The government, through the Ministry of Finance, has paid GH¢100 million as partial payment of arrears due to National Health Insurance Scheme (NHIS) service providers.
This follows a threat from the Association of Private Health Institutions of Ghana to partially withdraw its services if the government does not pay the nine months of arrears of claims.
Mr. Frank-Torblu Richard, Secretary General of the Association of Private Health Facilities in Ghana, told the GNA in an interview in Accra on Friday that the partial payment of GH¢100 million paid by the government was for health facilities. public and private health.
He still had 50 million GH¢ in arrears to pay.
On Tuesday, April 5, the Association of Private Health Institutions of Ghana held a press conference and demanded that the Government of Ghana release funds to the NHIA for immediate payment of claims to health service providers of all arrears until December 2021.
The claim included overdue payments due from certain health facilities for the period 2017 to 2020.
The association also demanded that the government restore the collection of the toll and direct any revenue made to support the Free Senior High School scheme to reduce the transfer or administrative transfer of revenue from the NHIS levy for other payments.
He demanded that the National Health Insurance Authority expedite the review of drug and service tariffs to reflect current market variables to allow health facilities to deliver the expected health care as envisaged by the NHIA.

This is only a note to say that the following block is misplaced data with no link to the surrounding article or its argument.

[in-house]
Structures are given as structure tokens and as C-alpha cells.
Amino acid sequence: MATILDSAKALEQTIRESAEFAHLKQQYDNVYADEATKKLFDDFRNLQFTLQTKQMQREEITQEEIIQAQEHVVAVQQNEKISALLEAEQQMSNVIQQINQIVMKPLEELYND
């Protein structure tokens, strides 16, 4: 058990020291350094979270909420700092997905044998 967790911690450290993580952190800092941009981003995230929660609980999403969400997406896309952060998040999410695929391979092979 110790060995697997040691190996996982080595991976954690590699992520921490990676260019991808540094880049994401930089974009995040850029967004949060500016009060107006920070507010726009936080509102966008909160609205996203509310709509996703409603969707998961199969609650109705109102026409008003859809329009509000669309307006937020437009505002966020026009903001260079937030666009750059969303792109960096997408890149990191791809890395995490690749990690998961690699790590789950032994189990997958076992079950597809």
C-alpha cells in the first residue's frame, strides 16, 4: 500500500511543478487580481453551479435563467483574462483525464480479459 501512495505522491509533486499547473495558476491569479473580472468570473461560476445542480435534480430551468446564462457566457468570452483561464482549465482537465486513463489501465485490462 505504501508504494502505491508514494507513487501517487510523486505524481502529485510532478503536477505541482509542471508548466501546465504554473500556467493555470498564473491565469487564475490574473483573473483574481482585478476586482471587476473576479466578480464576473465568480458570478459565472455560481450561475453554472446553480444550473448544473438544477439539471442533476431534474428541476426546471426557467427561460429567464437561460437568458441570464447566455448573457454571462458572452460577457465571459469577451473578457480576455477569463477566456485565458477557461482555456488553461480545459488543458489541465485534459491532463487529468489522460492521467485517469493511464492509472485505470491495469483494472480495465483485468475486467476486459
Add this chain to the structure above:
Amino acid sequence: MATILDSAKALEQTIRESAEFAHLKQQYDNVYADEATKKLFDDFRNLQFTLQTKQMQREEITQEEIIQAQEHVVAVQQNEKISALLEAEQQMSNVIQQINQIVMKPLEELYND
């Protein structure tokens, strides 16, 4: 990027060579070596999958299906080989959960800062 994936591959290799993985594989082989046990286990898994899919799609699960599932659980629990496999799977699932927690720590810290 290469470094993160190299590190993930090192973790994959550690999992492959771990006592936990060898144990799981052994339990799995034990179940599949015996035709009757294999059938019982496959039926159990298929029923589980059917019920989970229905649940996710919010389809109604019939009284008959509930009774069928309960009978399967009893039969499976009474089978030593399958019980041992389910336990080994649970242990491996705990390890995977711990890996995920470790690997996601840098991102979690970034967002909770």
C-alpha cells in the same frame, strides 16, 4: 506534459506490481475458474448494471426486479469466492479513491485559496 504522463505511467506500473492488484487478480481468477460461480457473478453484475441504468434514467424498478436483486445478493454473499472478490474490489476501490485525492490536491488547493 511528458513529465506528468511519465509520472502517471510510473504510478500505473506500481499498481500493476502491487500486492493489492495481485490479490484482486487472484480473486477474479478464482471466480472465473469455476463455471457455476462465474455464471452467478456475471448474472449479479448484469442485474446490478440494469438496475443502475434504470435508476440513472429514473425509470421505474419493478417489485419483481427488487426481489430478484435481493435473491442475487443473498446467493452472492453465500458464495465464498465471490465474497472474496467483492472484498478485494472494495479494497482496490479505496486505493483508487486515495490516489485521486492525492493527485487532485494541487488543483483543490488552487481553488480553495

And that, the NHIA Examination Committee should have equitable representation from the Association of Private Healthcare Facilities to ensure the quality of examination results.
“We request a formal engagement with the Ministry of Health and the various regulators of health establishments to review/modify the accreditation threshold on staffing needs and the possible assignment of health personnel to private establishments”, a- he declared.
He said that if the Authority fails to meet the deadlines set, it would not hesitate to partially withdraw services and that NHIS customers will have to pay the full cost of drugs covered by the scheme to NHIS customers nationwide. national as a survival strategy in these countries. difficult moments.
“From our candid view of recent events with the scheme, the Association of Private Health Facilities in Ghana, whose members are among the biggest beneficiaries of the scheme, portends disaster as we can confidently confirm no doubt that the national health insurance scheme is in a precarious position and in a serious state of financial distress which needs an immediate lifeline if it will survive as the only health care intervention in the service of the people of Ghana,” the Association said.